$20 per tree is possible on the material cost side. Labor is another thing. Here's how.
Lets use a 24" average DBH as an example here because the math is easier. The BEST bio-stimulant that I sell is called Bolster (from Sustane Corp), NPK ferts are much cheaper so I'll ignore them for the sake of the example. Let's assume you've altered zone timing & sprinkler nozzle size to correct the dry/wet spots and some rain rounds out the drought stress for you.
Bolster per 2x2.5 gal case = $205.90(APPROXIMATE)
Apply in a 2'x2' grid in injection sites4-12"deep
Mix @ 1 oz per 100 gallons:
$205.9 divided by 640 oz per case = $.32/oz
.32/oz X 100gals = $32.00 per 100 gals.
At 2 gallons per inch DBH cost = $.64/inch DBH
So a 24" DBH tree costs YOU $15.36
Now for NPK fert. Unless we try to waste money at a retail store, we should have no problem obtaining a Soluble Fertilizer for $1.00/Lb.
Adding it to the tank @ 3-5 lbs/100g = $3-$5/100.
So a 24" DBH tree costs you $2.40 (@5lbs/100)
Labor costs vary be region. Your 200gl tank will provide material for 100 cumulative inches @2gl/" or 4.2 trees per tank. 75 trees divided by 4.2 about 18 tanks for the job. Say 19 tanks as the teank will never be empty. Filling will require appropriate adjustments for what remains in the tank. Hydrant fill @ 20+gpm and the tank is filled in 10 minutes. If the sprayer isn't 100% empty & the men don't shut off during refill, then one man is filling water while the other is adding fert/bio-stim. Thats still a minimum of 3 hours spent filling. (if they never had to move the truck). Double that time so they can move about the site= 6 SKILLED MAN HOURS for fill/move.
Actual inject time for 4 trees/tank @ 2g/inch depends more on the skill of the men than anything else. Lets say that the leaf-canopy spread is 15'. Since your trying to do the best job possible for the site ON THEIR BUDGET, we'll make injections on 2' centers. Since we don't treat the center 50% of the inner drip line, we can make the following conclusion. Each 15' spread tree will require a minimum of 52 injection sites. ( I dont have time this AM to share the formula, but it's close) This yeilds 3 rows of injects beginning at 50% out from center all 2' apart out to the drip line. ( I know, we can do better, but not on this budget.)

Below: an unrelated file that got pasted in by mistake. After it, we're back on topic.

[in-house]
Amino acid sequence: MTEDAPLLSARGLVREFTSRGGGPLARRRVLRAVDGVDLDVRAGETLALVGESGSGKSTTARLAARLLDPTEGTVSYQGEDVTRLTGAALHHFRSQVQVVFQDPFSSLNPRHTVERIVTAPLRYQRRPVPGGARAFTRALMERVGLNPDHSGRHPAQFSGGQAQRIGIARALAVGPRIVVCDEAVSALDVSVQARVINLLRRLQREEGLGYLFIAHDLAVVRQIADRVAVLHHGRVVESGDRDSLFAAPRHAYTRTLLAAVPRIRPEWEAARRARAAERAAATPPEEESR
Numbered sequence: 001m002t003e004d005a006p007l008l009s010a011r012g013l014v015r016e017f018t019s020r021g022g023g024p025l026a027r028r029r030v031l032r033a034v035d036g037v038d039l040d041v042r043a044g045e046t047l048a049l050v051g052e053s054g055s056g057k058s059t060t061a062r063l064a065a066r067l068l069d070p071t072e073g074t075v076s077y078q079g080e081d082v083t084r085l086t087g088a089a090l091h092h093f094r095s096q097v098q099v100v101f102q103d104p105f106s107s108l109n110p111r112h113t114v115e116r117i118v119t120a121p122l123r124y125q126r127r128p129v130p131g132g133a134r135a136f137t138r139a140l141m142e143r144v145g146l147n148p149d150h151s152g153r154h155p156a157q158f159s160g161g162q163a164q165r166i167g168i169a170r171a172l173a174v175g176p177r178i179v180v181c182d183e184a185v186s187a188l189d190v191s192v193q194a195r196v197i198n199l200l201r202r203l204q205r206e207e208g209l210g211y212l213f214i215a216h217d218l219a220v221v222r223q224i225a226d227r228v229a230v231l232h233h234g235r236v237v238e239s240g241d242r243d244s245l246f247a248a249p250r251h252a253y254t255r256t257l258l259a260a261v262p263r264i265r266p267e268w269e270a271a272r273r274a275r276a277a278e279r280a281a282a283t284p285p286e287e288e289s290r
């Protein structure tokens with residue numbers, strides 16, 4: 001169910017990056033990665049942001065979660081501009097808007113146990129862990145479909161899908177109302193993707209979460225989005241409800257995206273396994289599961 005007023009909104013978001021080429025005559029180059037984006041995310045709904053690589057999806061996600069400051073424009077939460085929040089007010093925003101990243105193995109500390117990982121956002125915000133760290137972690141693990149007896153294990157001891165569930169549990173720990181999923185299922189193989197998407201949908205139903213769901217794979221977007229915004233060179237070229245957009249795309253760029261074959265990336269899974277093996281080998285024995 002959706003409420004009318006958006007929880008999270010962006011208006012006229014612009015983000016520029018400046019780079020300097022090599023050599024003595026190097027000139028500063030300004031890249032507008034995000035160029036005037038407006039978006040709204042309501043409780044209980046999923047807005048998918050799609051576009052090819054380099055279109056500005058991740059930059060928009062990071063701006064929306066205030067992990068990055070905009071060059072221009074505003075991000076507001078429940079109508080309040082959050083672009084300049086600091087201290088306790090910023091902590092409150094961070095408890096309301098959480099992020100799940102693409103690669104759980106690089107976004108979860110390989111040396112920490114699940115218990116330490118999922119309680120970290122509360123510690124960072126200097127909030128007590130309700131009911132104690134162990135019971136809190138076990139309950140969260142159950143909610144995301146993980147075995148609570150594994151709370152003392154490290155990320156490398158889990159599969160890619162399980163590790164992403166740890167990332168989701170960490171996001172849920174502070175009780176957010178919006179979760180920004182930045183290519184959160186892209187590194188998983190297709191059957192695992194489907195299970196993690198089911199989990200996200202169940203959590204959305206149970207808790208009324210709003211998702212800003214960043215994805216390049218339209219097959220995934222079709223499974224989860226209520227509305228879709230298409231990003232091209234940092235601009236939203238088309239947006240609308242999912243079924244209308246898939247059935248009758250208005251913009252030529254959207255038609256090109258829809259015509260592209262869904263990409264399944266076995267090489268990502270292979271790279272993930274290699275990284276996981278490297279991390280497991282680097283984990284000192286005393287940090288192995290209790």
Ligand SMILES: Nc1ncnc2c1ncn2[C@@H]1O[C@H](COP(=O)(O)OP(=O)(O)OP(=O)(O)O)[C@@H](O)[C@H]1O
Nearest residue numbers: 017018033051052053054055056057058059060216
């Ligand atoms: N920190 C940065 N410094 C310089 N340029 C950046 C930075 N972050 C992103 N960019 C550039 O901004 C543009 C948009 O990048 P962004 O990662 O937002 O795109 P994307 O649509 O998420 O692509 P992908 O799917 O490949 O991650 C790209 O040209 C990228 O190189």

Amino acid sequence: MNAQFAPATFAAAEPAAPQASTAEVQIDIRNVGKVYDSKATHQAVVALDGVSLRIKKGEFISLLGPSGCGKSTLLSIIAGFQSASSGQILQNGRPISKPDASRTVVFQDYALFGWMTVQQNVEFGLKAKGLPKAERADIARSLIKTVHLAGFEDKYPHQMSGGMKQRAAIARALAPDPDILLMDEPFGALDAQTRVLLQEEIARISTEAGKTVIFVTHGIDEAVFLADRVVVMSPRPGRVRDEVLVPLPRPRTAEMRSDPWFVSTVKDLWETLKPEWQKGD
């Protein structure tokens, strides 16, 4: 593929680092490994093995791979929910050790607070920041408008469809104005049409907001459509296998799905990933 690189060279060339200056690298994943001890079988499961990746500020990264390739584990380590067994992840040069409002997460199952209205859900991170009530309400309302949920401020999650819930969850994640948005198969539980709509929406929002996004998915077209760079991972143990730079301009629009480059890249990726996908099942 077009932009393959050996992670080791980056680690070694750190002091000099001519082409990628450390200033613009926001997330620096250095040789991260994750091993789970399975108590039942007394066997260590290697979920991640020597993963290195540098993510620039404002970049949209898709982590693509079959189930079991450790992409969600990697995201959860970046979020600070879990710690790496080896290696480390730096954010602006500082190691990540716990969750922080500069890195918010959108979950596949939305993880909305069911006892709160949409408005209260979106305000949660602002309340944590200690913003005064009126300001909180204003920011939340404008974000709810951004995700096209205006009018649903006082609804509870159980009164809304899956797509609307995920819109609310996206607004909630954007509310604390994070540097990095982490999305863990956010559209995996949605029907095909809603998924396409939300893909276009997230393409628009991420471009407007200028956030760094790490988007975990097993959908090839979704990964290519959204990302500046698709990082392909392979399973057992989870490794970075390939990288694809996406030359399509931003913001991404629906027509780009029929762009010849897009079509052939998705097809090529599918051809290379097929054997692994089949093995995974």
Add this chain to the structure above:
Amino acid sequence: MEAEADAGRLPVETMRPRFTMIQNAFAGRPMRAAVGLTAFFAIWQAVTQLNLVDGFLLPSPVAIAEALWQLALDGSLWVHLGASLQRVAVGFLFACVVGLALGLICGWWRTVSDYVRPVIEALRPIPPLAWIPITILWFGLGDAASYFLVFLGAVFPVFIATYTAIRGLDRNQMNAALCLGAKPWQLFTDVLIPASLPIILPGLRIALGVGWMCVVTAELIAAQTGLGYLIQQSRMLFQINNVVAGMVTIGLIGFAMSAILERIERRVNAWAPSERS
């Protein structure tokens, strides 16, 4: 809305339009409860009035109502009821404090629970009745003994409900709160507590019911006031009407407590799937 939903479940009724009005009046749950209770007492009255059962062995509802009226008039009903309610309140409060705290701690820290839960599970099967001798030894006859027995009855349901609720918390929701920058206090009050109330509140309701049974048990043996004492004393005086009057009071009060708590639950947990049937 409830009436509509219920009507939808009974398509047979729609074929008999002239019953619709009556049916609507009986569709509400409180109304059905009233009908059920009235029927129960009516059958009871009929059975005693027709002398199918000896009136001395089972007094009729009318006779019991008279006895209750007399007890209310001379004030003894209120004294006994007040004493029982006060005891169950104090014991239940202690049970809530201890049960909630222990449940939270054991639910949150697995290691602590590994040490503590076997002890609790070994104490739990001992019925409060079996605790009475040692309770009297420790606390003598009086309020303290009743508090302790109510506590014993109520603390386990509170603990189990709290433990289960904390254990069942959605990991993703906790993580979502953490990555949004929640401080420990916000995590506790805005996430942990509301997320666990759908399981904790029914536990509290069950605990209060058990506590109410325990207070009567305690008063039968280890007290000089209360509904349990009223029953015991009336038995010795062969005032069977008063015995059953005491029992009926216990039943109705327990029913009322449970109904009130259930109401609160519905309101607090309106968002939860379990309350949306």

If pressure is adjusted so that each inject site is held for 3 seconds, then we have 3x52 injects or 156 seconds on the trigger or 2.6 minutes. You own the sprayer and injector, so calibrate with a graduated bucket & stop watch. Double that time to allow the applicator time to find his next site.
5.2 minutes per tree is fair if the men have the motivation to move. If they never had to move the truck, they could do a row of 75 trees in 390 minutes or 6.5 hours. Add to that the 6 hours we gave them to fill and move= 12.5 hours. 2 men.
So we have 25 skilled man hours.
We discovered a cost/tree of $17.76 each or
75 trees = $1332.00
We're not digging ditches here so you plug in your local SKILLED labor rate, then sell the job, then crack the whip.
If labor=$55/hr x 25 = 1375.00
Materials = cost 1332x2(50%GP)2662
Or $4037.00 for the 2 day job. The sold price per tree came to $53.83 per tree. And the men have time to take lunch and scratch their butts a couple times. Any negotiation in price is a compromise of your profit. We could use a lesser biostimulant to save cost. You could just sell the NPK fert or just water alone for that matter. The aerating effects of water injecting relieves compaction (a little) & benefite the drought stressed condition to. ( add a lot of time if just watering).
We've drawn some fairly vague conclusions based on the unknown site terrain, but if a cost of $20 per tree was the only hurdle, we slammed it a while ago. No matter how bad the client wants to save money, it will cost a lot more to R&R dead trees.
But that's just my opinion. Good Luck